Another 15 minutes went by as the kitten hovered around, hid, walked up to the other trap but would not go any farther. That’s not surprising since the kitten had just seen four traps eat his siblings and they disappeared, and the caretakers had also mentioned that there were always four kittens at the food bowl first, one of the black kittens came down a little later, possibly a little more timid than its siblings, and that was probably typical behavior for that kitten.
I suggested we move the trap closer down the wall toward the lower shed he was hiding behind so he didn’t have so much open space to walk through, feeling vulnerable.
The importance of conditioning to traps, and their own scent on them
I also knew that last trap was one of the new traps we’d set up to replace the one that wouldn’t stay open—and none of them had even approached that trap, one of the proofs for me that conditioning to traps and the importance of their own scent is vital when possible.
We set up the original trap, trimming the cardboard inside and putting the food behind the trip plate. This time I also put two small dots of food on the cardboard/pee pad to help lead the kitten all the way in. It seems all those adjustments worked together to convince the kitten it was safe to go in and get the food after about 10 minutes of indecision. I carried the trap down to the sunroom, and trapping was over.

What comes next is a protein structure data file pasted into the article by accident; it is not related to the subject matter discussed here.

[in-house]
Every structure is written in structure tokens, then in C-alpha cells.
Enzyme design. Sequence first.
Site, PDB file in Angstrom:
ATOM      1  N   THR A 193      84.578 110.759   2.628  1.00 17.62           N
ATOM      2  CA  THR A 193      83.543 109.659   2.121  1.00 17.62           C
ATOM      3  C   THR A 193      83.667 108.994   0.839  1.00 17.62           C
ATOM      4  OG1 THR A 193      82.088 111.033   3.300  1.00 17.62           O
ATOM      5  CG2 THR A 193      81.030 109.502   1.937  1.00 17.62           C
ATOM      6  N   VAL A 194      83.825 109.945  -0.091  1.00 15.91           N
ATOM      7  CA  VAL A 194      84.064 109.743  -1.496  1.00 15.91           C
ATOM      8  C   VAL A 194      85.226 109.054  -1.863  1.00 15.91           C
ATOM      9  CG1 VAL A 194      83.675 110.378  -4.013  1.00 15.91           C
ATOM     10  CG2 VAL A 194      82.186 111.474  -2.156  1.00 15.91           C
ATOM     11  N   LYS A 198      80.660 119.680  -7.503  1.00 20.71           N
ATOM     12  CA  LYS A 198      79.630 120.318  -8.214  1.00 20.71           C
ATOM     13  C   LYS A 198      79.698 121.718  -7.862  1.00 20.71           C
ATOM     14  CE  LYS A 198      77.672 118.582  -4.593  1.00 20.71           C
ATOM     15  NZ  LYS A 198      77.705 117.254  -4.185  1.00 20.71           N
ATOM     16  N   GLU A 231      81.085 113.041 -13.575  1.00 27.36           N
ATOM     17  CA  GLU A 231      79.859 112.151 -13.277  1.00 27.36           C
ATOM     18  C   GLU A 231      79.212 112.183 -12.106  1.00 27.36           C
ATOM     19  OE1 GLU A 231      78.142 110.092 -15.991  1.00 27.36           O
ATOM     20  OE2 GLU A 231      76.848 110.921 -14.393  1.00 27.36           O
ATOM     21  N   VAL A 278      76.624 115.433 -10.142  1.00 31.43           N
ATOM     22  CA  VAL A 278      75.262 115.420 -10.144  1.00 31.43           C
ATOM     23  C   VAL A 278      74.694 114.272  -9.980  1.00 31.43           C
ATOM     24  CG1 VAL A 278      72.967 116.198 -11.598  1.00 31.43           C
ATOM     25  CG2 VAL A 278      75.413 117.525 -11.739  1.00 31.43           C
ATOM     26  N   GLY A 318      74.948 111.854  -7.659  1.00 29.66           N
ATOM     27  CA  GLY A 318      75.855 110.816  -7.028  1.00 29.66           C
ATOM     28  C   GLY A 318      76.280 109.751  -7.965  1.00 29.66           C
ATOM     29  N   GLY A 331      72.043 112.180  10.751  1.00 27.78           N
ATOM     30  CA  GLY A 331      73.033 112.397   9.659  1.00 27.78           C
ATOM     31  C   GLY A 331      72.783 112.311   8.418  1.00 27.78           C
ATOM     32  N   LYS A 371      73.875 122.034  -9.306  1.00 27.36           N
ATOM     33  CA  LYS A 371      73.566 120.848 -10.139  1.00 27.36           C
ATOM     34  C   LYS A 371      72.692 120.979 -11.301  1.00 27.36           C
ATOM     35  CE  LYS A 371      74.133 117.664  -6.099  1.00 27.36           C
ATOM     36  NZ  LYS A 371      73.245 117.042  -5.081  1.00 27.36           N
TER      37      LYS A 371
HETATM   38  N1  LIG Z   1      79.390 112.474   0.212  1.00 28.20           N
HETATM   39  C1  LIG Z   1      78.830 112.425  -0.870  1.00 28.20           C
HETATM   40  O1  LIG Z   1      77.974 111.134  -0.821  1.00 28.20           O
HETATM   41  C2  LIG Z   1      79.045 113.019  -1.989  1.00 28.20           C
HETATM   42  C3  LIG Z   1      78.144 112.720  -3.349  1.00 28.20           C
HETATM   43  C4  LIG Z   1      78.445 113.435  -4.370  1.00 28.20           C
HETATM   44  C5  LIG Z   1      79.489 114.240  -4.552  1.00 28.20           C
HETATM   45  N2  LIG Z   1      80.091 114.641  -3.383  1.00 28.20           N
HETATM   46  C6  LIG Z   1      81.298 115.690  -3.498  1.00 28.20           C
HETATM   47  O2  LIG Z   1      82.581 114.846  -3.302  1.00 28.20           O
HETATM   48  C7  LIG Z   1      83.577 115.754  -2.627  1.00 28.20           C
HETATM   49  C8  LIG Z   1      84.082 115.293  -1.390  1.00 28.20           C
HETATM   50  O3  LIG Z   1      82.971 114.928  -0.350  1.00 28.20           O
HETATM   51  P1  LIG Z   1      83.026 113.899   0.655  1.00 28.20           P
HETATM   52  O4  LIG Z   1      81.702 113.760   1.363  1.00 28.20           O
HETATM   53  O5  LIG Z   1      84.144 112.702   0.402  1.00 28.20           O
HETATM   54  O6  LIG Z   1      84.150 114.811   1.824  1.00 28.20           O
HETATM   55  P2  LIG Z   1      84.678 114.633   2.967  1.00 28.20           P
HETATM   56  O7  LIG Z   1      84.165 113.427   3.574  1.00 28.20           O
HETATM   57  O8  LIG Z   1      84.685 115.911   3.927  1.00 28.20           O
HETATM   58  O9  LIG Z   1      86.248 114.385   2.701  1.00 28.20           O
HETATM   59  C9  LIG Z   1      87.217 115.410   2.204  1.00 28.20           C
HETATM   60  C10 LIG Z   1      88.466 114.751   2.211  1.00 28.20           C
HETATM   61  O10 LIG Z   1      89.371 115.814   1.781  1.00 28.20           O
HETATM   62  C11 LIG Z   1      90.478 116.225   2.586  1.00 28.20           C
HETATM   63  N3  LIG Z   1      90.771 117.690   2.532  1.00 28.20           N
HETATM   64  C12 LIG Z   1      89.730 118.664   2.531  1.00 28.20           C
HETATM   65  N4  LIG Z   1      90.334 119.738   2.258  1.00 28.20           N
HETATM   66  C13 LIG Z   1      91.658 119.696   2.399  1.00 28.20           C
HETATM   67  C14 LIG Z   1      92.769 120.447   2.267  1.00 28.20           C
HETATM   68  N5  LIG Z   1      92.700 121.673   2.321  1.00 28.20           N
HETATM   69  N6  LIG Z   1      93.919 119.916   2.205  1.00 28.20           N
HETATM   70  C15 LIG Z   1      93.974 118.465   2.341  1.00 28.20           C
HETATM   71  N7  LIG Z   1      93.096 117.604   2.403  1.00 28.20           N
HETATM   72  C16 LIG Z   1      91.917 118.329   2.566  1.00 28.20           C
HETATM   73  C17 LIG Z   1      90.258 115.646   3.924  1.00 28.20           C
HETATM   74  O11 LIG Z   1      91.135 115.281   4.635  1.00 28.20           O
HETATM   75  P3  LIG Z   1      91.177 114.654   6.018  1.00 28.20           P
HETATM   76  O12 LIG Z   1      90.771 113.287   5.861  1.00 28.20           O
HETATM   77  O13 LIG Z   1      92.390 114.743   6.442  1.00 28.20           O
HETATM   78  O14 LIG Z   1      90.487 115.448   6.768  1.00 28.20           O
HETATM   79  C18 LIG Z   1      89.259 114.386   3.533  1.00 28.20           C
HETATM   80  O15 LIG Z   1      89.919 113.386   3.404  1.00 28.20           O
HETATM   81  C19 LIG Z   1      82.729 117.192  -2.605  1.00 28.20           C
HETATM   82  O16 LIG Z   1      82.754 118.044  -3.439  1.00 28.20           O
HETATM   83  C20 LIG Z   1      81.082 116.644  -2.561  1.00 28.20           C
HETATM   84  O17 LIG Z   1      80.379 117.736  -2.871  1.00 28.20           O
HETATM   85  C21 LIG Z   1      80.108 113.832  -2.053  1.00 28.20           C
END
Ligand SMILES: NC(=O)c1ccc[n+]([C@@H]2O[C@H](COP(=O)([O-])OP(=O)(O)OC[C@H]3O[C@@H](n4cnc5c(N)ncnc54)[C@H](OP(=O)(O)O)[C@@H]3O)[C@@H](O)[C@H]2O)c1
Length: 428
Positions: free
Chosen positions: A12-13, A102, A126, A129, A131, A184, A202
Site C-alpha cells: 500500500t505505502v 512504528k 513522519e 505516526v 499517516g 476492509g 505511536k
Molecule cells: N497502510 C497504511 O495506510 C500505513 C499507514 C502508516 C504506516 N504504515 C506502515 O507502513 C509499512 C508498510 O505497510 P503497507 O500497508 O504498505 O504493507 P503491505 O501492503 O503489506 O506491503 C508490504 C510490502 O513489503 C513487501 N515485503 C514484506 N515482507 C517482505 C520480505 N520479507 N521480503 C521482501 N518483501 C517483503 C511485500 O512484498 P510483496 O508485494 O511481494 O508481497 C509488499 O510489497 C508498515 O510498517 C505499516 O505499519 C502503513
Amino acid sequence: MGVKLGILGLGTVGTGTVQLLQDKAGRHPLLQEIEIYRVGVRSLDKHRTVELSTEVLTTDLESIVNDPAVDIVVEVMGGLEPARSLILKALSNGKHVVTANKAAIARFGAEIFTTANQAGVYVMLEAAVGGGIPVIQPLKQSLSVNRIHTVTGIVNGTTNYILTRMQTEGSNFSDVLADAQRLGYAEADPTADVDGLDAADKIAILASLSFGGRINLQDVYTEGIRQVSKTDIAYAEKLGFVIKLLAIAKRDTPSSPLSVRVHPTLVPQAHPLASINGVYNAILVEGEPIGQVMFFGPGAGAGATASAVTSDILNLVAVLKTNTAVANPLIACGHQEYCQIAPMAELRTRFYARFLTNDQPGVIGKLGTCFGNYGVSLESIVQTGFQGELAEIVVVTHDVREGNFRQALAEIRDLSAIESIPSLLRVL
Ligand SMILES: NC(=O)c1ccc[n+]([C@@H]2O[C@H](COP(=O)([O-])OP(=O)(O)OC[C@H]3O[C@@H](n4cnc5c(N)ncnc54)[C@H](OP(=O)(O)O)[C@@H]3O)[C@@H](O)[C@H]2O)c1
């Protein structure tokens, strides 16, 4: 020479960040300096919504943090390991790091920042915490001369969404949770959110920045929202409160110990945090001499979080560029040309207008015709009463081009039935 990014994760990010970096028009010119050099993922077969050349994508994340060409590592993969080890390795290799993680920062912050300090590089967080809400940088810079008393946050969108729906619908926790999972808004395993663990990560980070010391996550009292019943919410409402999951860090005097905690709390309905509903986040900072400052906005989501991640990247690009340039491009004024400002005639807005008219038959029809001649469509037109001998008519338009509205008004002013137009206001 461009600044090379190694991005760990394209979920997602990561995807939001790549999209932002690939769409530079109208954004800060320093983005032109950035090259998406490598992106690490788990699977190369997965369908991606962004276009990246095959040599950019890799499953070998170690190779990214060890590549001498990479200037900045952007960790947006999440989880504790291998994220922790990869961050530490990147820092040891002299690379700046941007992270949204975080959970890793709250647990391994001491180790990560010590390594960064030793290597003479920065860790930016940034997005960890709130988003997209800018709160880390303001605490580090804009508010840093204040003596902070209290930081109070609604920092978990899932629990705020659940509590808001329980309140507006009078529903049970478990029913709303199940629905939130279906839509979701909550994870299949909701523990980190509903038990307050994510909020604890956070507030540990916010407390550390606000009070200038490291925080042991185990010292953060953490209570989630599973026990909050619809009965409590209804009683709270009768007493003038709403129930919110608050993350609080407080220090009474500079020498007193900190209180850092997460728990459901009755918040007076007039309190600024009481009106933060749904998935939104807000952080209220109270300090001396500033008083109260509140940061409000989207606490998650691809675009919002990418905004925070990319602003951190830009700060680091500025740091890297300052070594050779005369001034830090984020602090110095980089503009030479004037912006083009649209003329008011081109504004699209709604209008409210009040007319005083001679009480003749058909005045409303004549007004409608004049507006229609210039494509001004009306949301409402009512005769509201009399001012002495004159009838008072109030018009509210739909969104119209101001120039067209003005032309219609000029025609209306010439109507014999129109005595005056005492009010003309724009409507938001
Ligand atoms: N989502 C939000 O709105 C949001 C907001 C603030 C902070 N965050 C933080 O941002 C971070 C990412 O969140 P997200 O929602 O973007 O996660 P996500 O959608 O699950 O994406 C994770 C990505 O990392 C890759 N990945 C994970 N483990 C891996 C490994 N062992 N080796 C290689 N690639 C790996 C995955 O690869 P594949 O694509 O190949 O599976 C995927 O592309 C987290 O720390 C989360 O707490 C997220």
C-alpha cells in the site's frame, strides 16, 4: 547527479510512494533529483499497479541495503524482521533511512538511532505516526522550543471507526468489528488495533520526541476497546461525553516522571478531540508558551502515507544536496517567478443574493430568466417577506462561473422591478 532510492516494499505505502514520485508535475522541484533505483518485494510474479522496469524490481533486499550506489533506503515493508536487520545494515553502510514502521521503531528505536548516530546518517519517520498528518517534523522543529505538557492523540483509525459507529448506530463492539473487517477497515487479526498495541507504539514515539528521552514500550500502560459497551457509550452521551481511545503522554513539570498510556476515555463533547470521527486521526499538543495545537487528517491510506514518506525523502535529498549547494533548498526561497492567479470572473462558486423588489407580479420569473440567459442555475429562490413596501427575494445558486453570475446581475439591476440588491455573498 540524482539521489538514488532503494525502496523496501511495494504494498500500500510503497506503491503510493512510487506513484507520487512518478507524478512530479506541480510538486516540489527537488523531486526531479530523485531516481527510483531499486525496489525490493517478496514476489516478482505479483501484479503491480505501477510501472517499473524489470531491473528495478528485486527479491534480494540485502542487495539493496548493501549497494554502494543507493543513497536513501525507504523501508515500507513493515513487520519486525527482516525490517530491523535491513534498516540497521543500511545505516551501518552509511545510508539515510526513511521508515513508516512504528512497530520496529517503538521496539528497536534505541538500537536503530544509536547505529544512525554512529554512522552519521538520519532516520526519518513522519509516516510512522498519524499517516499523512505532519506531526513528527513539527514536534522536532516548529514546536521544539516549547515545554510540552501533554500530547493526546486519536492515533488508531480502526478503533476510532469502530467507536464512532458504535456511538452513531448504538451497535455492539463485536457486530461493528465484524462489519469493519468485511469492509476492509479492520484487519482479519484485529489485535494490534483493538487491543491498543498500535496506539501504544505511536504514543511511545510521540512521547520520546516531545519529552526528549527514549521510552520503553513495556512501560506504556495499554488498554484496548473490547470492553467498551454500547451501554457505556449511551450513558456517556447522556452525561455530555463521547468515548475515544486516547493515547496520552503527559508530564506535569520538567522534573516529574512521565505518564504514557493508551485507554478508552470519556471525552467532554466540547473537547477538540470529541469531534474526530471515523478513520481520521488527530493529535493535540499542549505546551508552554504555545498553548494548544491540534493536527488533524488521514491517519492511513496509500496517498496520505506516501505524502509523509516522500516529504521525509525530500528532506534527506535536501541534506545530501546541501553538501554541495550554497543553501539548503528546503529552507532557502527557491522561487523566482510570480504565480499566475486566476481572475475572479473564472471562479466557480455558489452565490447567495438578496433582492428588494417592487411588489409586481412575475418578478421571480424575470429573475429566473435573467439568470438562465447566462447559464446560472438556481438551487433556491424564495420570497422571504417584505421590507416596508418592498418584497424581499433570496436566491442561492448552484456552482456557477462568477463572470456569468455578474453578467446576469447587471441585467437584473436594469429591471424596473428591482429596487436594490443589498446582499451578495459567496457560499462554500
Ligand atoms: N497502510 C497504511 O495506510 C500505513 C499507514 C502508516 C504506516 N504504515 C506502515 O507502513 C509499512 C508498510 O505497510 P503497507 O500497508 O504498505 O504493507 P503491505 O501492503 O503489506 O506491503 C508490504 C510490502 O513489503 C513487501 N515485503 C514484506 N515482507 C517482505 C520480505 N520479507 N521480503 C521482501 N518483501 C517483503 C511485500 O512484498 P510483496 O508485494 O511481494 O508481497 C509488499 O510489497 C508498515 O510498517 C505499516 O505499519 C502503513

Settling them in after trapping
I let them rest for about a half hour before I peeked into each trap to get a visual check that there were no injuries, the kitten’s posture was normal and not in any distress. We had heard a little scratching and some meows. Because they were all siblings and still in that physically close time in their lives I had also decided to remove all the separate covers so they could actually see each other and cover all the traps with one cover. Then just let them sit.
The first gray kitten stayed in the back of the trap and kept turning away, but I finally got a photo.
All the other traps had solid trip plates in the front so I didn’t get as clear a shot of any of the others.
The second kitten was one of the black ones, and to my surprise he was in the center of his trap and looking right at me. He had tried to dig out through the bottom and rolled up his pee pad.
The third kitten was the other short-haired gray kitten, also standing up and looking at me, right at the side of the trap.
The next kitten was the big gray long-haired kitten in one of the kitten traps, also looking up at me.